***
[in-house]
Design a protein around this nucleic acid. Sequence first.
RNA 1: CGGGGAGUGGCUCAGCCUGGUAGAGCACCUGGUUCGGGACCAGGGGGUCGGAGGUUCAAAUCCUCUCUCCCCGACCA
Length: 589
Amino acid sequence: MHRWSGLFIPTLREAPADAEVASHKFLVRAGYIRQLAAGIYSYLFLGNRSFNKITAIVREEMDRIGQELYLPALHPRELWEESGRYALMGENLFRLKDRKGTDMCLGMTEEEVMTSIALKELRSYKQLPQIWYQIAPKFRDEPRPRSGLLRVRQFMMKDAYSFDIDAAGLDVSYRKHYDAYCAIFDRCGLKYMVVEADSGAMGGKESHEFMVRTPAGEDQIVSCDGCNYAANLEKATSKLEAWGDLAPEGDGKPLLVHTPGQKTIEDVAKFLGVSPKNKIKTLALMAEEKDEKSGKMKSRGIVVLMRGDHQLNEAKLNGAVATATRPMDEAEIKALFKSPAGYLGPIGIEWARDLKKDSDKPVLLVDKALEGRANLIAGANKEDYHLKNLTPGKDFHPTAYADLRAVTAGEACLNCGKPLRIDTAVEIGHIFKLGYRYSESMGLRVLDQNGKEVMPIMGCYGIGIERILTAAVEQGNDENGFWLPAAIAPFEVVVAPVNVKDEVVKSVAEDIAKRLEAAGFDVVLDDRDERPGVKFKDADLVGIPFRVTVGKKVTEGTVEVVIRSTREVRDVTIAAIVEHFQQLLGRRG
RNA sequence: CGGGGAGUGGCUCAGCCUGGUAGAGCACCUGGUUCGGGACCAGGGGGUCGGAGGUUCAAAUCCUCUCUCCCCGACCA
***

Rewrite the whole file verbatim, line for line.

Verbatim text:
[in-house]
Design a protein around this nucleic acid. Sequence first.
RNA 1: CGGGGAGUGGCUCAGCCUGGUAGAGCACCUGGUUCGGGACCAGGGGGUCGGAGGUUCAAAUCCUCUCUCCCCGACCA
Length: 589
Amino acid sequence: MHRWSGLFIPTLREAPADAEVASHKFLVRAGYIRQLAAGIYSYLFLGNRSFNKITAIVREEMDRIGQELYLPALHPRELWEESGRYALMGENLFRLKDRKGTDMCLGMTEEEVMTSIALKELRSYKQLPQIWYQIAPKFRDEPRPRSGLLRVRQFMMKDAYSFDIDAAGLDVSYRKHYDAYCAIFDRCGLKYMVVEADSGAMGGKESHEFMVRTPAGEDQIVSCDGCNYAANLEKATSKLEAWGDLAPEGDGKPLLVHTPGQKTIEDVAKFLGVSPKNKIKTLALMAEEKDEKSGKMKSRGIVVLMRGDHQLNEAKLNGAVATATRPMDEAEIKALFKSPAGYLGPIGIEWARDLKKDSDKPVLLVDKALEGRANLIAGANKEDYHLKNLTPGKDFHPTAYADLRAVTAGEACLNCGKPLRIDTAVEIGHIFKLGYRYSESMGLRVLDQNGKEVMPIMGCYGIGIERILTAAVEQGNDENGFWLPAAIAPFEVVVAPVNVKDEVVKSVAEDIAKRLEAAGFDVVLDDRDERPGVKFKDADLVGIPFRVTVGKKVTEGTVEVVIRSTREVRDVTIAAIVEHFQQLLGRRG
RNA sequence: CGGGGAGUGGCUCAGCCUGGUAGAGCACCUGGUUCGGGACCAGGGGGUCGGAGGUUCAAAUCCUCUCUCCCCGACCA